Daily Archives: November 8, 2016
It’s an incident that still spoken in hushed tones around … um … webcomic parts. In 2001, Scott McCloud, he of Understanding Comics, wrote a series of essays about webcomics. It reiterated a series of items that he had introduced in his Reinventing Comics book. Things like the infinite canvas, for example. Basically he was a huge booster of this brave new online world unencumbered by the limitations of print.
So of course he got massive backlash over his segment on micropayments.
If I told you right now that the next installment of ICST was going to be $2.50 and you had to give me your credit card number and fill out a form, you’d be out of here so fast it’d make my little cartoon head spin! On the other hand, if the price was 25 cents and it only took a click or two to pay, the answer might be somewhat different! Making suck small payments practical, with low transaction fees for the vendor, and a secure transparent interface for the user, has been at the heart of the idea known as “micropayments” for several years.
The response was merciless and brutal, with everyone from Jon Rosenberg to Scott Kurtz weighing in. (“You’re only telling us what we already know. You’re no guru; you just get better press than the rest of us,” says Kurtz.) One of the more civil responses came from the Penny Arcade guys… and it’s plenty salty.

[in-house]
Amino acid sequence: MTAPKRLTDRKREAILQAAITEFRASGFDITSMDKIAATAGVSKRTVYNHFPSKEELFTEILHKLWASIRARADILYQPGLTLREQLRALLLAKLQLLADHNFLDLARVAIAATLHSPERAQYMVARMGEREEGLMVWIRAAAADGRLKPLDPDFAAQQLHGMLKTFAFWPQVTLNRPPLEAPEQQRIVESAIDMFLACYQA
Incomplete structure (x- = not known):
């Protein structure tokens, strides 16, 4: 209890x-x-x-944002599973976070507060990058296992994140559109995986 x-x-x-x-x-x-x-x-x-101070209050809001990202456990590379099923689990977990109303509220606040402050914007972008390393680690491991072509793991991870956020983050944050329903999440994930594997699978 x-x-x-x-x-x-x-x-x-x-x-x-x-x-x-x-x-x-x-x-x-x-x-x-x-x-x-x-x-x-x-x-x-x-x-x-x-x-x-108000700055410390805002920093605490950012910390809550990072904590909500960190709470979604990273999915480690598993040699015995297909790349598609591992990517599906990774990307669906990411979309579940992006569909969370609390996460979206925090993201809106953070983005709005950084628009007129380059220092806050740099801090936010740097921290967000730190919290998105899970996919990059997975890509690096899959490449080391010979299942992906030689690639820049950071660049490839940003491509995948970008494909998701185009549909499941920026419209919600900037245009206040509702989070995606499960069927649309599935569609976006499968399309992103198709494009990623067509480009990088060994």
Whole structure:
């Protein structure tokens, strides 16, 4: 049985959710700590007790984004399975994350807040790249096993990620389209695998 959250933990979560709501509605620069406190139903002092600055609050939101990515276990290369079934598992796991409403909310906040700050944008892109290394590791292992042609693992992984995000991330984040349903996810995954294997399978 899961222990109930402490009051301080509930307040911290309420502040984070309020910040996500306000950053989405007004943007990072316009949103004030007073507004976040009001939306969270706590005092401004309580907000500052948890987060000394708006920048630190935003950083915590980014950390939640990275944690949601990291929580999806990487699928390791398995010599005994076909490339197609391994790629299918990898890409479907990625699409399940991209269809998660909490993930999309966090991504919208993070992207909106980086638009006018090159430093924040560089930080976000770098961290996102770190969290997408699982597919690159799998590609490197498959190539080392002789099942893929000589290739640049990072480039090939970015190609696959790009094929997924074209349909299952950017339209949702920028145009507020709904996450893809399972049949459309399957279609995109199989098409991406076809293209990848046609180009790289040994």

I consider myself to be, at my core, an idealist – are you surprised? But this guy’s take on human nature is spun from pure fancy. He imagines that other people – in fact, that everyone – would gladly pay for things if given the chance to do so. That is demonstrably, empirically false – most especially so on the Internet, and most damningly so where content is concerned. But the final strike against his assertions is the most telling: that for all his pirouette, for all his flash and show, the very foundation of his argument – namely, the sub-dollar transactions called micropayments – do not exist. They are not real.
— Jerry Holkins, Penny Arcade, 2001
Perhaps this was right back in 2001, before the iPhone stormed the market. Ultimately though, was Scott McCloud actually right?